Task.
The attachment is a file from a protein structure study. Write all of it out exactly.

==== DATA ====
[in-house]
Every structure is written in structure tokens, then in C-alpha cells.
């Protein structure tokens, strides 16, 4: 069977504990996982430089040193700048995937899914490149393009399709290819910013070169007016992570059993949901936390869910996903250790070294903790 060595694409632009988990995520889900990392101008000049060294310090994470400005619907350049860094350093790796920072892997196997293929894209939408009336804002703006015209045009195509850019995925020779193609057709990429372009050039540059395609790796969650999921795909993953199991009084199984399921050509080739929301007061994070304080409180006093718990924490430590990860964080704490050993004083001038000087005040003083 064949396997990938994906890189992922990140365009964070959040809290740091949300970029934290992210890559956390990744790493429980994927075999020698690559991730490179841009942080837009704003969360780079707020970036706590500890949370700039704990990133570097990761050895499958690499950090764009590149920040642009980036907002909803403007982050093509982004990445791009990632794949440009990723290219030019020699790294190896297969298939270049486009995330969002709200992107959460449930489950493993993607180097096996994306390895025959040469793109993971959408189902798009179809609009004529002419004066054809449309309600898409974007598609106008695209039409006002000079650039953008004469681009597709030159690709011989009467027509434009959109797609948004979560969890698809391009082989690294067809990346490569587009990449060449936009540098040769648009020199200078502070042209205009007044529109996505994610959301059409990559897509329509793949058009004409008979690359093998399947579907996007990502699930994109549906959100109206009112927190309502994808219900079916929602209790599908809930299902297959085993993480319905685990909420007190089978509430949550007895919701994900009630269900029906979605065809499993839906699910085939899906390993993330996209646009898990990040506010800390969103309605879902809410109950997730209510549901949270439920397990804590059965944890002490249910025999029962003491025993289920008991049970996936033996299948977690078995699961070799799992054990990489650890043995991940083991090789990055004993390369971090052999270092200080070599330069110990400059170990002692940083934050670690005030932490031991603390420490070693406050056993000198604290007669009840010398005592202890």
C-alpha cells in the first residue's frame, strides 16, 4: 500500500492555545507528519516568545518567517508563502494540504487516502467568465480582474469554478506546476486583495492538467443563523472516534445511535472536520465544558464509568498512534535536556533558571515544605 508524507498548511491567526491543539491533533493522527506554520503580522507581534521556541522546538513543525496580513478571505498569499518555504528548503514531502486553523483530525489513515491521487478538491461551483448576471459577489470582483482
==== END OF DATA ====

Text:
[in-house]
Every structure is written in structure tokens, then in C-alpha cells.
């Protein structure tokens, strides 16, 4: 069977504990996982430089040193700048995937899914490149393009399709290819910013070169007016992570059993949901936390869910996903250790070294903790 060595694409632009988990995520889900990392101008000049060294310090994470400005619907350049860094350093790796920072892997196997293929894209939408009336804002703006015209045009195509850019995925020779193609057709990429372009050039540059395609790796969650999921795909993953199991009084199984399921050509080739929301007061994070304080409180006093718990924490430590990860964080704490050993004083001038000087005040003083 064949396997990938994906890189992922990140365009964070959040809290740091949300970029934290992210890559956390990744790493429980994927075999020698690559991730490179841009942080837009704003969360780079707020970036706590500890949370700039704990990133570097990761050895499958690499950090764009590149920040642009980036907002909803403007982050093509982004990445791009990632794949440009990723290219030019020699790294190896297969298939270049486009995330969002709200992107959460449930489950493993993607180097096996994306390895025959040469793109993971959408189902798009179809609009004529002419004066054809449309309600898409974007598609106008695209039409006002000079650039953008004469681009597709030159690709011989009467027509434009959109797609948004979560969890698809391009082989690294067809990346490569587009990449060449936009540098040769648009020199200078502070042209205009007044529109996505994610959301059409990559897509329509793949058009004409008979690359093998399947579907996007990502699930994109549906959100109206009112927190309502994808219900079916929602209790599908809930299902297959085993993480319905685990909420007190089978509430949550007895919701994900009630269900029906979605065809499993839906699910085939899906390993993330996209646009898990990040506010800390969103309605879902809410109950997730209510549901949270439920397990804590059965944890002490249910025999029962003491025993289920008991049970996936033996299948977690078995699961070799799992054990990489650890043995991940083991090789990055004993390369971090052999270092200080070599330069110990400059170990002692940083934050670690005030932490031991603390420490070693406050056993000198604290007669009840010398005592202890």
C-alpha cells in the first residue's frame, strides 16, 4: 500500500492555545507528519516568545518567517508563502494540504487516502467568465480582474469554478506546476486583495492538467443563523472516534445511535472536520465544558464509568498512534535536556533558571515544605 508524507498548511491567526491543539491533533493522527506554520503580522507581534521556541522546538513543525496580513478571505498569499518555504528548503514531502486553523483530525489513515491521487478538491461551483448576471459577489470582483482